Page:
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Sago restaurant in downtown Encinitas. Courtesy photo/Sago
Sago restaurant in downtown Encinitas. Courtesy photo/Sago
ColumnsFood & WineLick the Plate

Sago brings modern dining to historic Encinitas building

The building where Sago resides, alongside the La Paloma Theater and Moonlight Music and adjacent to the classic Encinitas sign, could be considered the most iconic piece of real estate in town.

I also have a very personal attachment to the corner, having held my wedding at La Paloma and reception at Martini Ranch when it occupied the space. I also booked music at “the ranch,” as we called it, from 6-9 p.m. on Thursdays, which was a very fun gig.

First, a bit of history. A big thanks to Tiffany Weis, an Encinitas local with deep family roots in the area, who provided some history on the corner before my arrival 23 years ago.

I may be off on some of these exact times, but going way back, the corner building has been a bank. Then, jumping up to the 1970s, it was known as Moonlight Gardens. In the 1980s, it was Bobby G’s, then eventually Full Moon. After a short-lived stint as Millennium around 2000, it then became Martini Ranch, D Street, Home & Away, and now Sago.

I landed in the area while it was Full Moon and watched in confusion as the owners of Millennium tried to enforce a dress code with a no-jeans rule in one of the most beach-casual towns anywhere. Needless to say, they didn’t last long.

Before Sago, the building was home to Bobby G's. Screenshot
Before Sago, the building was home to Bobby G’s. Screenshot

The evolution of the tenants in the space somewhat reflects downtown Encinitas itself. A sophisticated modern supper club with a jungle theme probably would not have flown 10 years ago but now seems perfectly suited to the young, clubby crowds flocking to the nightlife in the area.

The 120-seat Sago restaurant and lounge gets its jungle-inspired vibe from real Kentia palm trees that are about 20 feet tall. The space also features an indoor atrium, a hydroponic lighting system, a high-end Funktion-One sound system, and semi-private lounge areas.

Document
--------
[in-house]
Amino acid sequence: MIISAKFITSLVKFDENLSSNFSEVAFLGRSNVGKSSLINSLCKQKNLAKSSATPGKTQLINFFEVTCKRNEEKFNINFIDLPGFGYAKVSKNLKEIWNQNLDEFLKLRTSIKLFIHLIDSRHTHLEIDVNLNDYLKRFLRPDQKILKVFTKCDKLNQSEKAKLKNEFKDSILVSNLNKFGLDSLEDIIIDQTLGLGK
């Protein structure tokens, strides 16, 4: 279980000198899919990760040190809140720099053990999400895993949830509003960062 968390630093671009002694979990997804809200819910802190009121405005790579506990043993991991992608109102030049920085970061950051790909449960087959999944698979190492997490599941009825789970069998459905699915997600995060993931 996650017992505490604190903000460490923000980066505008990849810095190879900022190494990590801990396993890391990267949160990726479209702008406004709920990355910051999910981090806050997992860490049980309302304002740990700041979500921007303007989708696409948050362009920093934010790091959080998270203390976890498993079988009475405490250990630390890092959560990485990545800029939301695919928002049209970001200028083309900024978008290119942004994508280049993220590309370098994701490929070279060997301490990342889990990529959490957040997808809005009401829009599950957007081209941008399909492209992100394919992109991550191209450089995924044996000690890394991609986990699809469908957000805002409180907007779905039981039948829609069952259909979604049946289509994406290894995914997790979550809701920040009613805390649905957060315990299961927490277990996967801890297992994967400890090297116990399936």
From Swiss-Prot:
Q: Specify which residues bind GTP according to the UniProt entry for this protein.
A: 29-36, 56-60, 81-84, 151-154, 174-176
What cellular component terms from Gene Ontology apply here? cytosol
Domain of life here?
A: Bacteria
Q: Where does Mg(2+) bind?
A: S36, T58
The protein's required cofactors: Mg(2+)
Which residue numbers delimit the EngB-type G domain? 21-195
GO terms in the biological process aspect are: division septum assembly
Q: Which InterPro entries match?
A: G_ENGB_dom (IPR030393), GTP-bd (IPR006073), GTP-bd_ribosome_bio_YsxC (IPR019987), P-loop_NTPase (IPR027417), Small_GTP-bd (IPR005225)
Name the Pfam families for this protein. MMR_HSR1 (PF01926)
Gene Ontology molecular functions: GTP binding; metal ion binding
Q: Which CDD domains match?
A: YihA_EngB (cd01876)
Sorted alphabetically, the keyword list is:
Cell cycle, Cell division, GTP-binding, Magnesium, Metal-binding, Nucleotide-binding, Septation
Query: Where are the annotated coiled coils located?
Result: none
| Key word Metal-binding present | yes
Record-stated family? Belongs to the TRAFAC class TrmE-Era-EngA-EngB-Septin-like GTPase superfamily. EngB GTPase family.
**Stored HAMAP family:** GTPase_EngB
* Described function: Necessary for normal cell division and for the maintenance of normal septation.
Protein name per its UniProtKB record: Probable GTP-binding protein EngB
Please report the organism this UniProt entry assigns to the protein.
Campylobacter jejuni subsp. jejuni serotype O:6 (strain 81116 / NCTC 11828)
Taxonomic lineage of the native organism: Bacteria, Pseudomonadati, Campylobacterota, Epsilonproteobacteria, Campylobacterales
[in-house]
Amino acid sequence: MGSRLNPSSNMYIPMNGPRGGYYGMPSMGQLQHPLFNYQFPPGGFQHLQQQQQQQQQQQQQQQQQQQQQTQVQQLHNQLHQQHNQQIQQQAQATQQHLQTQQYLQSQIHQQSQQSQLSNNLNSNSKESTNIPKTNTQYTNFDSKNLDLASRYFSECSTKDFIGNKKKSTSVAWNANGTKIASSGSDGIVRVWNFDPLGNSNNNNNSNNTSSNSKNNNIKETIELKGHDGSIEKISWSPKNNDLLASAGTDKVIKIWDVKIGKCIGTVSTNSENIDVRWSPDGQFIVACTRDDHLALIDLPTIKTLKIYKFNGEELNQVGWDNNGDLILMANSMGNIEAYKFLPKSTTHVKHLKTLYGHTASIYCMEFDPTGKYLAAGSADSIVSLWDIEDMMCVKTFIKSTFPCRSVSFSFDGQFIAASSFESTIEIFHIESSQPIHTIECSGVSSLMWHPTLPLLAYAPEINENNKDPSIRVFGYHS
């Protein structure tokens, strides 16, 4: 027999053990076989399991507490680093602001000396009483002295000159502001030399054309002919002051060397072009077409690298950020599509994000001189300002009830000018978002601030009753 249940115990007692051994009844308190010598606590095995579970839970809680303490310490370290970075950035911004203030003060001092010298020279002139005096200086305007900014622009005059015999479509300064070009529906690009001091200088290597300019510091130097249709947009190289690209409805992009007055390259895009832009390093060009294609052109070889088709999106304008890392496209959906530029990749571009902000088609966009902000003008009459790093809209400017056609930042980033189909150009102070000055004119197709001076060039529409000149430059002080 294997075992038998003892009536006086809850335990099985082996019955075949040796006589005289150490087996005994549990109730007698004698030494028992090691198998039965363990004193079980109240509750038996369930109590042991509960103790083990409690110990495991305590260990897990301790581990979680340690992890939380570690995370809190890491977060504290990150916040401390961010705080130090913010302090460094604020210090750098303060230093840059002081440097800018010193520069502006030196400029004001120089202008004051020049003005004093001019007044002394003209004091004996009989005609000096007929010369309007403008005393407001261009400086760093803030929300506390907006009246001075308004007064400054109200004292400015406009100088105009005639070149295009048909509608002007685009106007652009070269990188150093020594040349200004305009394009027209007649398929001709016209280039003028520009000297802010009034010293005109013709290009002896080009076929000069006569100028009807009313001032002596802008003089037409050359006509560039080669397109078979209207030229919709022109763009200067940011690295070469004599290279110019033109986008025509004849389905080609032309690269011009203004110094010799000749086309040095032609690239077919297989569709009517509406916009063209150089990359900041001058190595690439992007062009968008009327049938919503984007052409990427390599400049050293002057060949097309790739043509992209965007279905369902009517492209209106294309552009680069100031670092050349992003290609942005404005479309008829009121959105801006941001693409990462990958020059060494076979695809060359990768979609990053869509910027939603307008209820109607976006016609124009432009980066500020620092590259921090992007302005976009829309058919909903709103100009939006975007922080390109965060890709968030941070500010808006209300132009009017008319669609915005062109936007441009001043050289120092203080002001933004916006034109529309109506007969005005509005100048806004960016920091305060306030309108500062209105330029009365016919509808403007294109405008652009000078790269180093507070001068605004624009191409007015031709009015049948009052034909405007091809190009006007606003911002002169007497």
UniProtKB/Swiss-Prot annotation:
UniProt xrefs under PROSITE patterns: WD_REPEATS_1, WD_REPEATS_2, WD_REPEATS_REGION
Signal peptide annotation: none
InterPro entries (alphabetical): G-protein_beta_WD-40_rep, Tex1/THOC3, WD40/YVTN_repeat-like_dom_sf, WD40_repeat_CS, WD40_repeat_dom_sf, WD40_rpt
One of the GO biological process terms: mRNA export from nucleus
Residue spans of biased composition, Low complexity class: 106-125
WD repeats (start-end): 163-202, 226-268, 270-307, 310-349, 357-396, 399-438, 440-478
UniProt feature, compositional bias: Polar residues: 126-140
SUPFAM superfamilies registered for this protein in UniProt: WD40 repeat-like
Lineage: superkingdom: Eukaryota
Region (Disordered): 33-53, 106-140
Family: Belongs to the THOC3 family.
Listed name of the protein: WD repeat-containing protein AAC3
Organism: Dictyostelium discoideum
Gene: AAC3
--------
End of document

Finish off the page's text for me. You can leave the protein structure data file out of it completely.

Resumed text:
I had to know what a Funktion-One sound system was all about, and some research revealed it is “a state-of-the-art series of sonically and visually imposing loudspeaker systems delivering an unprecedented level of power combined with breathtaking transparency and purity with a strong eye-catching visual aesthetic.”

Perfect for when this modern supper club transforms into an up-tempo lounge and nightlife experience around 11 pm. Dale Polselli, of Starlight Hospitality Group, owns Sago, Shelter and The Saloon, which are located just across Coast Highway 101. The Saloon is still a favorite of mine, retaining its old-school vibe and one of my favorite murals anywhere.

One of my favorite features of Sago is the huge front windows facing the street that open all the way, giving that indoor-outdoor vibe I’ve enjoyed in the past. I also like that it’s next door to my favorite theater ever, La Paloma, and I will make Sago part of an early movie night to grab a bite post-movie.

I went to Sago early on a Wednesday and found that timeframe to be perfect for enjoying the upscale atmosphere without the club-like vibe that happens later on. And honestly, I’m sure there will be a point when I venture there later to hang with the beautiful people, just for kicks.

Sago is a jungle-themed restaurant along Coast Highway 101 in Encinitas. Courtesy photo/Sago
Sago is a modern supper club with a jungle theme along Coast Highway 101 in Encinitas. Courtesy photo/Sago

The menu focuses on shareable food options and a “light, globally influenced menu,” as they put it. It was helmed by executive chef Frank Fleisher, who cut his culinary chops at Juniper & Ivy in San Diego and has put together a simple, yet elegant menu that we enjoyed.

The Hamachi Crudo with citrus-cured Hamachi, shaved pickled Serrano, blood orange ceviche liquid, lemon verbena oil, and micro cilantro was fabulous. I could have eaten several of these plates. There is also a tuna tartare and oysters in the raw section of the menu.

My dining companion went with the seared salmon medallions with honey lemon butter, minted Feta, green olive salsa, and pistachios. He devoured that dish with pleasure, so thumbs up on that one as well. I went with the 8-ounce burger on a brioche bun, Harissa tomato bacon jam, white cheddar, bread and butter pickles, avocado, charred red onion, and house-cut fries.

In the land of many burger options, this is another very solid option. We shared the Blistered Brussels, which was delightful, and they also offer up a couple of nice-looking pizzas in the Margherita Burrata and Sausage.

The kitchen closes at 10 pm daily. Brunch service is available on Saturdays and Sundays.

Of course, there is going to be an emphasis on cocktails at a supper club that transforms into a nightclub, and Sago delivers on that. They feature a tropical cocktail program with three categories: “Refresh,” which includes spritzes and lighter vodka and gin-based cocktails; “Savor,” which highlights drinks with infused rums and bourbons and rich flavors; and “Adventure,” focusing on fruity, herbaceous, and playful notes.

SAGO is now open Wednesday 4:30-11 p.m., Thursday 4:30-12 a.m., Friday 4:30 p.m.-1 a.m., Saturday 10 a.m.-1:30 a.m., and Sunday 10 a.m.-11 p.m. The kitchen closes at 10 pm. Friday and Saturday nights offer a live DJ, with acts announced regularly via SAGO’s Instagram page: @experiencesago. Brunch service is available on Saturdays and Sundays.

Find them at 485 S Coast Hwy 101 and

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